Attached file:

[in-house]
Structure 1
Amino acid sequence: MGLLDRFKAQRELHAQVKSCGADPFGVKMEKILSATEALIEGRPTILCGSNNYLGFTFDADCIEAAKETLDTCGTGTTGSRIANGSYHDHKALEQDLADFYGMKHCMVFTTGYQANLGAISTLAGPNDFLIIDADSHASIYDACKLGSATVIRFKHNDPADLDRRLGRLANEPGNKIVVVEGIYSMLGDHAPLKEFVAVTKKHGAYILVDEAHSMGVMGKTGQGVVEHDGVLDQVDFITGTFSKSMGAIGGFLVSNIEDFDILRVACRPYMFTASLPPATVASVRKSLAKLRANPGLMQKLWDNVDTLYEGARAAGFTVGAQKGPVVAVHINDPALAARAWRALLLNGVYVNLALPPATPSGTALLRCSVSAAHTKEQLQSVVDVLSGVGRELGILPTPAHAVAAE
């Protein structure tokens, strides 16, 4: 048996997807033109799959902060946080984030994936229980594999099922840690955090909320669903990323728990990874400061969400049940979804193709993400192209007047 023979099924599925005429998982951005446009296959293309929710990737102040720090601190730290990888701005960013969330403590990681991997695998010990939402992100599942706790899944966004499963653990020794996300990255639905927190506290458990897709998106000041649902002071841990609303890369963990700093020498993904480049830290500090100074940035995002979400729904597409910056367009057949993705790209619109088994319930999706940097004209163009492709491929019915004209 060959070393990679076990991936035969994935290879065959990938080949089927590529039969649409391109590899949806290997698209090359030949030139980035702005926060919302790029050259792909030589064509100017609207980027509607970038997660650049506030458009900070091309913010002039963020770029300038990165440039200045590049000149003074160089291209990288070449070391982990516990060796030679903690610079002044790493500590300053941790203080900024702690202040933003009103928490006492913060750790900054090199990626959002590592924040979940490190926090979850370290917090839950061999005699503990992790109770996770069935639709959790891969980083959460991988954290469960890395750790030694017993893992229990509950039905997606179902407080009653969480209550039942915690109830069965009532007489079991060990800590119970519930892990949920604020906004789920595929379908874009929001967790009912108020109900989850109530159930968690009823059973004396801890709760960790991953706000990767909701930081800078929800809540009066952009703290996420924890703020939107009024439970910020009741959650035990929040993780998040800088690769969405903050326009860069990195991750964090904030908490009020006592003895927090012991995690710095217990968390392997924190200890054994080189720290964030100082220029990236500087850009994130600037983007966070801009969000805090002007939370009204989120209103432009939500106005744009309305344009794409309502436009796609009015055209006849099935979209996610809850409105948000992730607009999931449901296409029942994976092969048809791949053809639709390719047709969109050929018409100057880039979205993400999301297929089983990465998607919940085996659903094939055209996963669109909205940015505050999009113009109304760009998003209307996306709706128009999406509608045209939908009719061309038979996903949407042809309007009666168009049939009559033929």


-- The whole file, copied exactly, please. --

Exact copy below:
[in-house]
Structure 1
Amino acid sequence: MGLLDRFKAQRELHAQVKSCGADPFGVKMEKILSATEALIEGRPTILCGSNNYLGFTFDADCIEAAKETLDTCGTGTTGSRIANGSYHDHKALEQDLADFYGMKHCMVFTTGYQANLGAISTLAGPNDFLIIDADSHASIYDACKLGSATVIRFKHNDPADLDRRLGRLANEPGNKIVVVEGIYSMLGDHAPLKEFVAVTKKHGAYILVDEAHSMGVMGKTGQGVVEHDGVLDQVDFITGTFSKSMGAIGGFLVSNIEDFDILRVACRPYMFTASLPPATVASVRKSLAKLRANPGLMQKLWDNVDTLYEGARAAGFTVGAQKGPVVAVHINDPALAARAWRALLLNGVYVNLALPPATPSGTALLRCSVSAAHTKEQLQSVVDVLSGVGRELGILPTPAHAVAAE
């Protein structure tokens, strides 16, 4: 048996997807033109799959902060946080984030994936229980594999099922840690955090909320669903990323728990990874400061969400049940979804193709993400192209007047 023979099924599925005429998982951005446009296959293309929710990737102040720090601190730290990888701005960013969330403590990681991997695998010990939402992100599942706790899944966004499963653990020794996300990255639905927190506290458990897709998106000041649902002071841990609303890369963990700093020498993904480049830290500090100074940035995002979400729904597409910056367009057949993705790209619109088994319930999706940097004209163009492709491929019915004209 060959070393990679076990991936035969994935290879065959990938080949089927590529039969649409391109590899949806290997698209090359030949030139980035702005926060919302790029050259792909030589064509100017609207980027509607970038997660650049506030458009900070091309913010002039963020770029300038990165440039200045590049000149003074160089291209990288070449070391982990516990060796030679903690610079002044790493500590300053941790203080900024702690202040933003009103928490006492913060750790900054090199990626959002590592924040979940490190926090979850370290917090839950061999005699503990992790109770996770069935639709959790891969980083959460991988954290469960890395750790030694017993893992229990509950039905997606179902407080009653969480209550039942915690109830069965009532007489079991060990800590119970519930892990949920604020906004789920595929379908874009929001967790009912108020109900989850109530159930968690009823059973004396801890709760960790991953706000990767909701930081800078929800809540009066952009703290996420924890703020939107009024439970910020009741959650035990929040993780998040800088690769969405903050326009860069990195991750964090904030908490009020006592003895927090012991995690710095217990968390392997924190200890054994080189720290964030100082220029990236500087850009994130600037983007966070801009969000805090002007939370009204989120209103432009939500106005744009309305344009794409309502436009796609009015055209006849099935979209996610809850409105948000992730607009999931449901296409029942994976092969048809791949053809639709390719047709969109050929018409100057880039979205993400999301297929089983990465998607919940085996659903094939055209996963669109909205940015505050999009113009109304760009998003209307996306709706128009999406509608045209939908009719061309038979996903949407042809309007009666168009049939009559033929």